The Heart of the Matter
In 1Samuel 16, God commands Samuel to go to the house of Jesse in Bethlehem to find a new king who would replace the rejected King Saul. Upon entering the house, Samuel was looking at Jesse’s sons and wondering, “Surely the Lord’s anointed is before Him.” The Lord corrected Samuel in verse 7 by saying, “Do not look at his appearance or at the height of his stature, because I have rejected him; for God sees not as man sees, for man looks at the outward appearance, but the Lord looks at the heart”. The wickedness of the heart is not always visible from the outside. Jesus illustrated this point with the Pharisees in Matthew 23:25-26 when He said, “Woe to you, scribes and Pharisees, hypocrites! For you clean the outside of the cup and of the dish, but inside they are full of robbery and self-indulgence. You blind Pharisee, first clean the inside of the cup and of the dish, so that the outside of it may become clean also.” God is interested most in the condition of the heart.
David turned out to be so favored by God because he was a man after God’s heart, “who will do all My will” (Acts 13:22). The heart is the place where man’s value judgements are determined, where his priorities are decided. Jesus said, “For where your treasure is, there your heart will be also” (Luke 12:34). The problem that man has is that his heart is “desperately wicked” in its unregenerate form and needs the work of a righteous God to test his heart and mind (Psalm 7:9). With all the corruption that one faces living in a fallen world and under the influences of fallen angel (Satan), man needs the spiritual guidance of the Lord of Righteousness. A conscious decision of the heart to recognize the authority of God and His Word and a willingness to obey puts the believer in line to receive the best of His bounty.
A Spiritual Man
For he is not a Jew who is one outwardly, nor is circumcision that which is outward in the flesh. But he is a Jew who is one inwardly; and circumcision is that which is of the heart, by the Spirit, not by the letter; and his praise is not from men, but from God. Romans 2:28-29
When the heart is open to God, man invites Him in to accomplish what the man is not capable of doing. The spiritual man, whether Jew or Christian has allowed the Holy Spirit to circumcise his heart, a removal of excess skin that is symbolic of eliminating the excesses of life that only produce a compromised relationship with Him. These excesses may take on the form of too much of this or too many of that; to be filled with the Spirit is to be free of excesses (Ephesians 5:18). The son became a prodigal when he left his home of order and moderation for loose living.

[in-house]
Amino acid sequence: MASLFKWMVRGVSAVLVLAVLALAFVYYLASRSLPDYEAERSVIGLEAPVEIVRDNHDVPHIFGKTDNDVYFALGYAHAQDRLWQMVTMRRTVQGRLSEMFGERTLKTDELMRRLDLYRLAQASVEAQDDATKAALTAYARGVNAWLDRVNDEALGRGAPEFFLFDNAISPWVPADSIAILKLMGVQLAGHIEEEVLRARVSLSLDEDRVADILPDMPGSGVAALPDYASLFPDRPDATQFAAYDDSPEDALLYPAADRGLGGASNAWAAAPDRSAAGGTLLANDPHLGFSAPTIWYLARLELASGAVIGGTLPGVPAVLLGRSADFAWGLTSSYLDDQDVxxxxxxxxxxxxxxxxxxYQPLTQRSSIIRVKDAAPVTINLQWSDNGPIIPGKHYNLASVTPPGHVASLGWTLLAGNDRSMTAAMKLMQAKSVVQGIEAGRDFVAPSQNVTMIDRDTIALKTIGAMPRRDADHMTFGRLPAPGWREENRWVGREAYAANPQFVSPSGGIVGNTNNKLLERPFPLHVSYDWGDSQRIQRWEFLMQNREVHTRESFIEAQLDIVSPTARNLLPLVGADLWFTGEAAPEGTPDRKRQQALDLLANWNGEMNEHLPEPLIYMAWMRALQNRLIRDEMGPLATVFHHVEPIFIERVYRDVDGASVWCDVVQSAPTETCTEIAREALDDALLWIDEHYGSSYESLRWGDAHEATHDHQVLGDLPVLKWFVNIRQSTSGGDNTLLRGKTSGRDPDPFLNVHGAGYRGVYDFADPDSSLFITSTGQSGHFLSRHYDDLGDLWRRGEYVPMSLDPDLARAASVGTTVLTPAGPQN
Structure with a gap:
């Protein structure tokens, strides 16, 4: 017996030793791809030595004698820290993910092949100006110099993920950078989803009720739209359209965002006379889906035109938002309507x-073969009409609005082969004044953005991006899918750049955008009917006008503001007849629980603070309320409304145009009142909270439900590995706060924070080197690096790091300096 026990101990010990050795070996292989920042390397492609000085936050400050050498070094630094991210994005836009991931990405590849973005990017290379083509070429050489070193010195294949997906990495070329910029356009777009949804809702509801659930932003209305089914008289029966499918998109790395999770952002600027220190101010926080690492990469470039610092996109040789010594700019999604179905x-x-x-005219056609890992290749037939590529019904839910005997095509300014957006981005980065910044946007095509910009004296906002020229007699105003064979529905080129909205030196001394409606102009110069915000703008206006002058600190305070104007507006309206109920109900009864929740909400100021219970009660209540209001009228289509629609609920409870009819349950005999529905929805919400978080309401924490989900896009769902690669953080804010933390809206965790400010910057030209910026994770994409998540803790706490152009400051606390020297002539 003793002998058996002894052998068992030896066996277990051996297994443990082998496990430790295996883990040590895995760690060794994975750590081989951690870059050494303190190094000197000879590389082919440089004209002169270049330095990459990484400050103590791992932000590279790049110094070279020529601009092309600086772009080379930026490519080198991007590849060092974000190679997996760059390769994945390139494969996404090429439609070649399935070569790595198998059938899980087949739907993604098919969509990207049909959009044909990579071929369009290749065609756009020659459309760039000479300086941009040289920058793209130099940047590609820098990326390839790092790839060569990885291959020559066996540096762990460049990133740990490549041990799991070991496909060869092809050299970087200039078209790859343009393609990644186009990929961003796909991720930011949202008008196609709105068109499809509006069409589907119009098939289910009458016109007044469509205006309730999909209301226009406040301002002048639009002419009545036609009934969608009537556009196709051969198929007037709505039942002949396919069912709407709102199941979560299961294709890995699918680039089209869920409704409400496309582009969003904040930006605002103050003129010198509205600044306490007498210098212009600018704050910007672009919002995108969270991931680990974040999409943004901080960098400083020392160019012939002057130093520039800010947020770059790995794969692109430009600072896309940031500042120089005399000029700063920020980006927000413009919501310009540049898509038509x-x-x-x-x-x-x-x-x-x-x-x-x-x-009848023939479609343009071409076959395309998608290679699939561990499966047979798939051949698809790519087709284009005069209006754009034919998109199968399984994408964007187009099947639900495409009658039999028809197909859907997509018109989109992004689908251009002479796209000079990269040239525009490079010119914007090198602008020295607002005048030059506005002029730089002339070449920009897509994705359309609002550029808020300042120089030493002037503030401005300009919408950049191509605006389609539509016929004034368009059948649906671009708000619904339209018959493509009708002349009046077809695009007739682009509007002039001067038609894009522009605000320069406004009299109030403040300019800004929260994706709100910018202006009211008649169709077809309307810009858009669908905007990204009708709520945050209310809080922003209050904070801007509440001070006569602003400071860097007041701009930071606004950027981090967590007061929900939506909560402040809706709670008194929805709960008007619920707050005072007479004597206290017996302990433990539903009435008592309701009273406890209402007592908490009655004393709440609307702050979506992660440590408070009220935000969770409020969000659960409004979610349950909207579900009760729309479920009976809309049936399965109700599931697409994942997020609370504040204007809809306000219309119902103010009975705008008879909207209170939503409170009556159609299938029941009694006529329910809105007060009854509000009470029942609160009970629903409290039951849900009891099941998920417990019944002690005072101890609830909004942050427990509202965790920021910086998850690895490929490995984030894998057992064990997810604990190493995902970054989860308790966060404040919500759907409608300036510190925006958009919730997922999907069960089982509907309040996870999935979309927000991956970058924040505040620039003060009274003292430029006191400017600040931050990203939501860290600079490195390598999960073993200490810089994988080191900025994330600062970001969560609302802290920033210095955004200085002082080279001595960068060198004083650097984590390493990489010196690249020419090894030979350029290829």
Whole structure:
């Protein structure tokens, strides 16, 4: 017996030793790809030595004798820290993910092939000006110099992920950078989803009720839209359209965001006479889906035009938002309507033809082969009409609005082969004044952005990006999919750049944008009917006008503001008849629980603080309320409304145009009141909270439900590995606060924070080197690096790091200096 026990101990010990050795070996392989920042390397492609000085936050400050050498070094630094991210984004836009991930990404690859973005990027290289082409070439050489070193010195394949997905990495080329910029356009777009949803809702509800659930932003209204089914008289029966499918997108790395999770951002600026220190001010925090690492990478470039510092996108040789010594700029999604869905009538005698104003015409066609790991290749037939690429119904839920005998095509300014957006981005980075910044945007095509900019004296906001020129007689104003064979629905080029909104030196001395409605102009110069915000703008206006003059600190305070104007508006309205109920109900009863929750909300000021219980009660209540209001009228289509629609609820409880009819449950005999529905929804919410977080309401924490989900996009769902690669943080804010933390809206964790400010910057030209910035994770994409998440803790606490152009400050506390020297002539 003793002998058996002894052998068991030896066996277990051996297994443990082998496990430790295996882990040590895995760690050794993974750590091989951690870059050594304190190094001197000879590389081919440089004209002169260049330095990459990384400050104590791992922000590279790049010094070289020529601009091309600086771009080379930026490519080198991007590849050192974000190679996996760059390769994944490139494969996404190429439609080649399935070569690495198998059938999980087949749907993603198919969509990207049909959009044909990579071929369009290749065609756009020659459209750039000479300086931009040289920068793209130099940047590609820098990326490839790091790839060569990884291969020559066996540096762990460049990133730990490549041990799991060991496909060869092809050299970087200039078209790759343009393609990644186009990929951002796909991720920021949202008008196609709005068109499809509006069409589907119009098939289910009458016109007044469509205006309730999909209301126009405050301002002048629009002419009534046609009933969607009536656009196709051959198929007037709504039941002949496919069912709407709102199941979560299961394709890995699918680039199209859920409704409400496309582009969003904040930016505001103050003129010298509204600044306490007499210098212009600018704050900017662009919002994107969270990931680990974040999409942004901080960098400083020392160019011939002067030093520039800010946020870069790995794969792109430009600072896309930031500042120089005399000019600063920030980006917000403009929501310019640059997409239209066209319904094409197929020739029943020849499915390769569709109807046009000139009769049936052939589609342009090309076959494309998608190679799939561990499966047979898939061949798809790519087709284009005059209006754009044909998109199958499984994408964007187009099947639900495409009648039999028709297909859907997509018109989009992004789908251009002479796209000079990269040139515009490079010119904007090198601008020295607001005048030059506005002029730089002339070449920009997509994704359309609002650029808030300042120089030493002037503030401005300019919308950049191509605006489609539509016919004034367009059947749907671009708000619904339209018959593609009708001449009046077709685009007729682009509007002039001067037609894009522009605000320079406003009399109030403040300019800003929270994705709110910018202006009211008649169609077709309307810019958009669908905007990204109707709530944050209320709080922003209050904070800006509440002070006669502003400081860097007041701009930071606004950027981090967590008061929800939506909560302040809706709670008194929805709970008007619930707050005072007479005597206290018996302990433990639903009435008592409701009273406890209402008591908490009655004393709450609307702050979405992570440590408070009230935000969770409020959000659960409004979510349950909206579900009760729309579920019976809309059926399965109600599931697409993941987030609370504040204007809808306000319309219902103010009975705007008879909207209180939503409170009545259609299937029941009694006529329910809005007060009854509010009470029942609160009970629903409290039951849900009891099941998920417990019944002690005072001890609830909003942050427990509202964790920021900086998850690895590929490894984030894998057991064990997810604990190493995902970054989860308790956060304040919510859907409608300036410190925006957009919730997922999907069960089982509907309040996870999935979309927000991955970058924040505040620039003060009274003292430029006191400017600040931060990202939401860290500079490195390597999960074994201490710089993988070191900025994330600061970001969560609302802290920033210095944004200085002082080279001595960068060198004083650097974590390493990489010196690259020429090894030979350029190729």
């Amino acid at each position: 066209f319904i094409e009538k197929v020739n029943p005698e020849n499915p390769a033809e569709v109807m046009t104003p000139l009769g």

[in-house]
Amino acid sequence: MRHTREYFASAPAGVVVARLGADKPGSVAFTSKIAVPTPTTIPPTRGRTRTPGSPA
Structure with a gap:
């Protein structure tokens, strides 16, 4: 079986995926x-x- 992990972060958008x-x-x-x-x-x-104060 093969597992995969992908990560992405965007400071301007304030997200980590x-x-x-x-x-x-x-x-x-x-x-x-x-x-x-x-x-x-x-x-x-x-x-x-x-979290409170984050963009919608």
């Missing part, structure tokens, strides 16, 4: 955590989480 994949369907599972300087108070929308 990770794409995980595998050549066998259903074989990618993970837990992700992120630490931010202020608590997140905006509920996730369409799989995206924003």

Walking by the Spirit and not the letter (i.e.. living under rules and regulations without the heart behind them) defines the one who is pleasing God and not man. Paul says in Philippians 3:3 that the true circumcision are those who “worship in the Spirit of God and glory in Christ Jesus and put no confidence in the flesh”.
The power of sin
The heart is also the place where the believer gains victory over the power of sin. The writer of Psalm 119 understood this well when he wrote verse 11, “Your word I have treasured in my heart, that I may not sin against You.” The believer wrestles with the power of the sin nature; the Word of God, treasured (placed in high esteem) in the heart provides the avenue to victory. Paul explains in 2Timothy 3:16 that, “All Scripture is inspired by God and profitable for teaching, for reproof, for correction, for training in righteousness.” The authority of God’s Word delivers the believer from all his carnal battles. In Psalm 24, King David asks the questions, “Who may ascend into the hill of the Lord? And who may stand in His holy place?” He is asking who has conquered his own fallenness. His answer in verse 4 is, “He who has clean hands and a pure heart, who has not lifted up his soul to falsehood and has not sworn deceitfully.” Since his heart is continuously under the authority of the Word of God, David is consistently being convicted to let that authority deliver David’s heart.
It’s time to risk it all
What God wants from His people is an honest, transparent relationship in which there are no secrets. Jesus declared in the Sermon on the Mount, “Blessed are the pure in heart, for they shall see God”. This purity of heart includes the sense not only of clean, but also genuine, real, not phony or hypocritical. The one who approaches God on the basis of transparency is the one who trusts God to his own hurt; he is risking it all. But isn’t that exactly what God asks of the one whom He invites into His sanctuary. Placing one’s confidence completely in the Person and work of Jesus Christ is to deny that any reliance on personal ability or performance makes any difference with God. David understood this reality when he said in Psalm 27:4, “One thing I have asked from the Lord, that I shall seek: that I may dwell in the house of the Lord all the days of my life, to behold the beauty of the Lord and to meditate in His temple.”
God is looking for anyone willing to make that kind of commitment to Him. In fact, in 2Chronicles 16:9, “For the eyes of the Lord move to and fro throughout the earth that He may strongly support those whose heart is completely His”. This kind of relationship with Him requires the whole heart, not holding back out of fear or feelings of unworthiness. The measure of a godly man is in his confidence in Who God is and what He has accomplished to man’s benefit.
The heart of the matter is a matter of the heart